Staff Publications

Staff Publications

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    'Staff publications' is the digital repository of Wageningen University & Research

    'Staff publications' contains references to publications authored by Wageningen University staff from 1976 onward.

    Publications authored by the staff of the Research Institutes are available from 1995 onwards.

    Full text documents are added when available. The database is updated daily and currently holds about 240,000 items, of which 72,000 in open access.

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A global synthesis reveals biodiversity-mediated benefits for crop production
Dainese, Matteo ; Martin, Emily A. ; Aizen, Marcelo A. ; Albrecht, Matthias ; Bartomeus, Ignasi ; Bommarco, Riccardo ; Carvalheiro, Luisa G. ; Chaplin-Kramer, Rebecca ; Gagic, Vesna ; Garibaldi, Lucas A. ; Ghazoul, Jaboury ; Grab, Heather ; Jonsson, Mattias ; Karp, Daniel S. ; Kennedy, Christina M. ; Kleijn, David ; Kremen, Claire ; Landis, Douglas A. ; Letourneau, Deborah K. ; Marini, Lorenzo ; Poveda, Katja ; Rader, Romina ; Smith, Henrik G. ; Tscharntke, Teja ; Andersson, Georg K.S. ; Badenhausser, Isabelle ; Baensch, Svenja ; Bezerra, Antonio D.M. ; Bianchi, Felix J.J.A. ; Boreux, Virginie ; Bretagnolle, Vincent ; Caballero-Lopez, Berta ; Cavigliasso, Pablo ; Ćetković, Aleksandar ; Chacoff, Natacha P. ; Classen, Alice ; Cusser, Sarah ; Silva E Silva, Felipe D. Da; Groot, A. de; Dudenhöffer, Jan H. ; Ekroos, Johan ; Fijen, Thijs ; Franck, Pierre ; Freitas, Breno M. ; Garratt, Michael P.D. ; Gratton, Claudio ; Hipólito, Juliana ; Holzschuh, Andrea ; Hunt, Lauren ; Iverson, Aaron L. ; Jha, Shalene ; Keasar, Tamar ; Kim, Tania N. ; Kishinevsky, Miriam ; Klatt, Björn K. ; Klein, Alexandra Maria ; Krewenka, Kristin M. ; Krishnan, Smitha ; Larsen, Ashley E. ; Lavigne, Claire ; Liere, Heidi ; Maas, Bea ; Mallinger, Rachel E. ; Pachon, Eliana Martinez ; Martínez-Salinas, Alejandra ; Meehan, Timothy D. ; Mitchell, Matthew G.E. ; Molina, Gonzalo A.R. ; Nesper, Maike ; Nilsson, Lovisa ; O'Rourke, Megan E. ; Peters, Marcell K. ; Plećaš, Milan ; Potts, Simon G. ; L. Ramos, Davi de; Rosenheim, Jay A. ; Rundlöf, Maj ; Rusch, Adrien ; Sáez, Agustín ; Scheper, Jeroen ; Schleuning, Matthias ; Schmack, Julia M. ; Sciligo, Amber R. ; Seymour, Colleen ; Stanley, Dara A. ; Stewart, Rebecca ; Stout, Jane C. ; Sutter, Louis ; Takada, Mayura B. ; Taki, Hisatomo ; Tamburini, Giovanni ; Tschumi, Matthias ; Viana, Blandina F. ; Westphal, Catrin ; Willcox, Bryony K. ; Wratten, Stephen D. ; Yoshioka, Akira ; Zaragoza-Trello, Carlos ; Zhang, Wei ; Zou, Yi ; Steffan-Dewenter, Ingolf - \ 2019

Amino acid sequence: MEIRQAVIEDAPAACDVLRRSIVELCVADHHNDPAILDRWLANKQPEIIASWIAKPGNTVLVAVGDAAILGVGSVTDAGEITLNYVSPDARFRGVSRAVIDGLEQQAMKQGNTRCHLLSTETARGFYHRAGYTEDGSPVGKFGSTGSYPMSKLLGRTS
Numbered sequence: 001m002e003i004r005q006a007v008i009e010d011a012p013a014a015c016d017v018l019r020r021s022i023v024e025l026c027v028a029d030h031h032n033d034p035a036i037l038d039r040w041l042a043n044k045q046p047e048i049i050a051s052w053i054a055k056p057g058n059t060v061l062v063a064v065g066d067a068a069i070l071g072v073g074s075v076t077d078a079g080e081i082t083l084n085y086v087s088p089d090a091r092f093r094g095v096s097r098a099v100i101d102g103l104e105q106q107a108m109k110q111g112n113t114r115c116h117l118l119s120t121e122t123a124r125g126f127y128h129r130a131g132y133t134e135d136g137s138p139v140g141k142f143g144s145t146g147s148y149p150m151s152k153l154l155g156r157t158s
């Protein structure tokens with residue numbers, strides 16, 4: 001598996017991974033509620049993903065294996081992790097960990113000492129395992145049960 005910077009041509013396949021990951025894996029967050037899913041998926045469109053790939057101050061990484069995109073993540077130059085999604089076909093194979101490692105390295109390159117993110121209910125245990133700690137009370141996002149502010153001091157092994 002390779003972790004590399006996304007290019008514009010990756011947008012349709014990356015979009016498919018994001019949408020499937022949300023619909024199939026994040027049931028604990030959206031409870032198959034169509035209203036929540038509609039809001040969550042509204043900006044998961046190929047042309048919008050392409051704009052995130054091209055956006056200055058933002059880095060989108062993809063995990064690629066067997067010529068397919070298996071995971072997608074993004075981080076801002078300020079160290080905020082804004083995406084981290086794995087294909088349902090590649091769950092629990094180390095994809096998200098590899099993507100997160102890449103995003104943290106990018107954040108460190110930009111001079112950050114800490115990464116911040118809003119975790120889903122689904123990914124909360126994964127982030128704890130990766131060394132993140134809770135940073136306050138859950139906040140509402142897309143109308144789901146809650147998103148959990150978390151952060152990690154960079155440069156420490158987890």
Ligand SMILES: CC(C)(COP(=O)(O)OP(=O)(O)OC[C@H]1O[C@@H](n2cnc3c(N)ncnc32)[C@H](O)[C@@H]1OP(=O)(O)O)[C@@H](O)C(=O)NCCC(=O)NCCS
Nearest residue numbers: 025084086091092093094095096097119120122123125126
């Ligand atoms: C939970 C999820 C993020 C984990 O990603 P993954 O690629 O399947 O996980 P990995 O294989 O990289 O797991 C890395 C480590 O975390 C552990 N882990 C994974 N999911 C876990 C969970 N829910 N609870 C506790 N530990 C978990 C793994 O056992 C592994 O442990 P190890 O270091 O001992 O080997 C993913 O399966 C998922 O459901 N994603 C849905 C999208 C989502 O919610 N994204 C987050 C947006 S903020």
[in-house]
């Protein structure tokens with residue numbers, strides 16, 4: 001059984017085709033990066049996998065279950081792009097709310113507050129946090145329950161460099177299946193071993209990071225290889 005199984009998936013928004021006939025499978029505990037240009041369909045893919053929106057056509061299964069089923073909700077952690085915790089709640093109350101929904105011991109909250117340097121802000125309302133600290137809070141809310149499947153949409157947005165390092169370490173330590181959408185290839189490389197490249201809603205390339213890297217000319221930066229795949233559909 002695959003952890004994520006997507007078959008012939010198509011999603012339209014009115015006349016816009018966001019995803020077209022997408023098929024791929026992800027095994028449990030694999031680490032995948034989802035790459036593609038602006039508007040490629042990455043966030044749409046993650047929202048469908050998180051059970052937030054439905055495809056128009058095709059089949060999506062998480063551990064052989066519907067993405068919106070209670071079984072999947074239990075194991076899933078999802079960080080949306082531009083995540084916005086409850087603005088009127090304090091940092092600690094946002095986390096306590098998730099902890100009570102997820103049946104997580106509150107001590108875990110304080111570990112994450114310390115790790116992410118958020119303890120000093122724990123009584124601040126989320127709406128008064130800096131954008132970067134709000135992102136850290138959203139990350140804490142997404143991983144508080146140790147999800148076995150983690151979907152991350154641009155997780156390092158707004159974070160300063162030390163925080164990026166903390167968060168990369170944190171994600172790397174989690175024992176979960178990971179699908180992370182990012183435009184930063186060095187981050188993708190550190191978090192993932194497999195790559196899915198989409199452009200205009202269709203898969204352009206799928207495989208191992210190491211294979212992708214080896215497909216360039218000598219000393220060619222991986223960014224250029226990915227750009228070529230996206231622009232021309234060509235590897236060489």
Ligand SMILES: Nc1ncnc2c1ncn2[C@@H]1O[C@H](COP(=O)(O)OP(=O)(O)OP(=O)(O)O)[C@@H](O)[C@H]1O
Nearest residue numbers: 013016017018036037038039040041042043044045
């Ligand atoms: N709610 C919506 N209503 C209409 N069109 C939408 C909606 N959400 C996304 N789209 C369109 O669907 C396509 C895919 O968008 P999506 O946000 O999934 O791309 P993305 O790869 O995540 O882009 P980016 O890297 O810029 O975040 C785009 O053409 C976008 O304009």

Science Advances 5 (2019)10. - ISSN 2375-2548

Human land use threatens global biodiversity and compromises multiple ecosystem functions critical to food production. Whether crop yield-related ecosystem services can be maintained by a few dominant species or rely on high richness remains unclear. Using a global database from 89 studies (with 1475 locations), we partition the relative importance of species richness, abundance, and dominance for pollination; biological pest control; and final yields in the context of ongoing land-use change. Pollinator and enemy richness directly supported ecosystem services in addition to and independent of abundance and dominance. Up to 50% of the negative effects of landscape simplification on ecosystem services was due to richness losses of service-providing organisms, with negative consequences for crop yields. Maintaining the biodiversity of ecosystem service providers is therefore vital to sustain the flow of key agroecosystem benefits to society.

Applying the aboveground-belowground interaction concept in agriculture: Spatio-temporal scales matter
Veen, G.F. ; Jasper Wubs, E.R. ; Bardgett, Richard D. ; Barrios, Edmundo ; Bradford, Mark A. ; Carvalho, Sabrina ; Deyn, Gerlinde B. De; Vries, Franciska T. de; Giller, Ken E. ; Kleijn, David ; Landis, Douglas A. ; Rossing, Walter A.H. ; Schrama, Maarten ; Six, Johan ; Struik, Paul C. ; Gils, Stijn van; Wiskerke, Johannes S.C. ; Putten, Wim H. van der; Vet, Louise E.M. - \ 2019
Frontiers in Ecology and Evolution 7 (2019)AUG. - ISSN 2296-701X
Above-belowground biotic interactions - Agroecology - Spatio-temporal scales - Steering communities - Sustainable agriculture